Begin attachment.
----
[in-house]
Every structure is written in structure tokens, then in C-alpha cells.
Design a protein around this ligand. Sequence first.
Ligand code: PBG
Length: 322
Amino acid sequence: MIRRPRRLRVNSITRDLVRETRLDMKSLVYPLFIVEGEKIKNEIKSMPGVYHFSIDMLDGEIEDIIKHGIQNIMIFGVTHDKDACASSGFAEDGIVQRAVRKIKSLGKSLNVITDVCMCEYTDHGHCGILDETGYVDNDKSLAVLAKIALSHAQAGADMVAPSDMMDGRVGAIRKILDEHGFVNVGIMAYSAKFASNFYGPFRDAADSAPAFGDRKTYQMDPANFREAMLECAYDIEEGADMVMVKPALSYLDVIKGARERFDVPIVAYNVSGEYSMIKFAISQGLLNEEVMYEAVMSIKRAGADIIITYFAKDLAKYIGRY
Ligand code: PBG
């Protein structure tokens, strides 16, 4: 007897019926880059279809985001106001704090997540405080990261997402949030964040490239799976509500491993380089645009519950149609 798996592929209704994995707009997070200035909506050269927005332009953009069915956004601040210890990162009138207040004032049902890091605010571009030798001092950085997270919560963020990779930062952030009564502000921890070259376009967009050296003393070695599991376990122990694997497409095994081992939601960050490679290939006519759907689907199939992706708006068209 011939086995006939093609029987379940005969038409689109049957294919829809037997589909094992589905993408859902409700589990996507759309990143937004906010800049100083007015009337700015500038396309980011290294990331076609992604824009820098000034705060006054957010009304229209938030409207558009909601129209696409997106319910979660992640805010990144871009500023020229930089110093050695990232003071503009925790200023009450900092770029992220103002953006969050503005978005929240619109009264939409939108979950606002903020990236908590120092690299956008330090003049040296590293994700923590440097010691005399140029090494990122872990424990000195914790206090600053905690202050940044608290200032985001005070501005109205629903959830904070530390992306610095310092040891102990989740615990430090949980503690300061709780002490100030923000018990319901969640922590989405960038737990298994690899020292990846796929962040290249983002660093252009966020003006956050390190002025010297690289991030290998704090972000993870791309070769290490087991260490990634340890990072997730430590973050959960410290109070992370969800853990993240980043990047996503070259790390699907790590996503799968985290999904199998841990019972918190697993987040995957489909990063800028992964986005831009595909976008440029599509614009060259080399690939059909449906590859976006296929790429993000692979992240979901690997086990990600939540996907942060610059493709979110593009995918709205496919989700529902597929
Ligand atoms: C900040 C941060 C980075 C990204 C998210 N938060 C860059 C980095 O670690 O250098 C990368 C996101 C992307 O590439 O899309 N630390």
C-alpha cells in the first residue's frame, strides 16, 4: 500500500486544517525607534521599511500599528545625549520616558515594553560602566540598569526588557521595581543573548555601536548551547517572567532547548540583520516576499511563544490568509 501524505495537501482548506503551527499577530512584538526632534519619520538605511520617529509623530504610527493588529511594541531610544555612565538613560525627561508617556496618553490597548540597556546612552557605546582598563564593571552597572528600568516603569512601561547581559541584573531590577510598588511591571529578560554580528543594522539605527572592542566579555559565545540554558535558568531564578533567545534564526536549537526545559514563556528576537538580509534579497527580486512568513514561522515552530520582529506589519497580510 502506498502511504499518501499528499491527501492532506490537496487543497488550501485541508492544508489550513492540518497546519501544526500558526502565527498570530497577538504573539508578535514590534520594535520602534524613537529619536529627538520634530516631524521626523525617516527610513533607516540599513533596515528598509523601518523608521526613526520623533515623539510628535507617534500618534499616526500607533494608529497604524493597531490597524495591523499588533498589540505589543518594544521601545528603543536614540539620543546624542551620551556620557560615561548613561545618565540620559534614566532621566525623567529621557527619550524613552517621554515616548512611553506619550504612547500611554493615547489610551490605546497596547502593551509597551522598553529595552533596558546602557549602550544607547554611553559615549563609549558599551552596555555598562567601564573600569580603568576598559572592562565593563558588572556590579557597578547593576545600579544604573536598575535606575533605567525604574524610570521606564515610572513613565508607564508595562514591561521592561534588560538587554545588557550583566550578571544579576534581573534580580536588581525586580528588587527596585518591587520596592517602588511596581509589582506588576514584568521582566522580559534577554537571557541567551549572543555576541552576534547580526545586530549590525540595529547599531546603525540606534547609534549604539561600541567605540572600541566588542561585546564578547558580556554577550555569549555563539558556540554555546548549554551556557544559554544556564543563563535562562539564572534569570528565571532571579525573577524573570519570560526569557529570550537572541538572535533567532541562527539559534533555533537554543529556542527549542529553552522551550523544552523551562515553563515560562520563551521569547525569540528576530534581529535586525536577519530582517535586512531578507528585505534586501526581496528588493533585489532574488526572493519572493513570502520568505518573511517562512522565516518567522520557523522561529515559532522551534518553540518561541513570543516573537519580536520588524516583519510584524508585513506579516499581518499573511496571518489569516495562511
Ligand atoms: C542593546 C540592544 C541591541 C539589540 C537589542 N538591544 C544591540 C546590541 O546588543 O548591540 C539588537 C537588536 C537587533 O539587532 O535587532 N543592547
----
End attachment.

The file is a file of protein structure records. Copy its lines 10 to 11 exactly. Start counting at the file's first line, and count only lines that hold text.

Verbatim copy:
C-alpha cells in the first residue's frame, strides 16, 4: 500500500486544517525607534521599511500599528545625549520616558515594553560602566540598569526588557521595581543573548555601536548551547517572567532547548540583520516576499511563544490568509 501524505495537501482548506503551527499577530512584538526632534519619520538605511520617529509623530504610527493588529511594541531610544555612565538613560525627561508617556496618553490597548540597556546612552557605546582598563564593571552597572528600568516603569512601561547581559541584573531590577510598588511591571529578560554580528543594522539605527572592542566579555559565545540554558535558568531564578533567545534564526536549537526545559514563556528576537538580509534579497527580486512568513514561522515552530520582529506589519497580510 502506498502511504499518501499528499491527501492532506490537496487543497488550501485541508492544508489550513492540518497546519501544526500558526502565527498570530497577538504573539508578535514590534520594535520602534524613537529619536529627538520634530516631524521626523525617516527610513533607516540599513533596515528598509523601518523608521526613526520623533515623539510628535507617534500618534499616526500607533494608529497604524493597531490597524495591523499588533498589540505589543518594544521601545528603543536614540539620543546624542551620551556620557560615561548613561545618565540620559534614566532621566525623567529621557527619550524613552517621554515616548512611553506619550504612547500611554493615547489610551490605546497596547502593551509597551522598553529595552533596558546602557549602550544607547554611553559615549563609549558599551552596555555598562567601564573600569580603568576598559572592562565593563558588572556590579557597578547593576545600579544604573536598575535606575533605567525604574524610570521606564515610572513613565508607564508595562514591561521592561534588560538587554545588557550583566550578571544579576534581573534580580536588581525586580528588587527596585518591587520596592517602588511596581509589582506588576514584568521582566522580559534577554537571557541567551549572543555576541552576534547580526545586530549590525540595529547599531546603525540606534547609534549604539561600541567605540572600541566588542561585546564578547558580556554577550555569549555563539558556540554555546548549554551556557544559554544556564543563563535562562539564572534569570528565571532571579525573577524573570519570560526569557529570550537572541538572535533567532541562527539559534533555533537554543529556542527549542529553552522551550523544552523551562515553563515560562520563551521569547525569540528576530534581529535586525536577519530582517535586512531578507528585505534586501526581496528588493533585489532574488526572493519572493513570502520568505518573511517562512522565516518567522520557523522561529515559532522551534518553540518561541513570543516573537519580536520588524516583519510584524508585513506579516499581518499573511496571518489569516495562511
Ligand atoms: C542593546 C540592544 C541591541 C539589540 C537589542 N538591544 C544591540 C546590541 O546588543 O548591540 C539588537 C537588536 C537587533 O539587532 O535587532 N543592547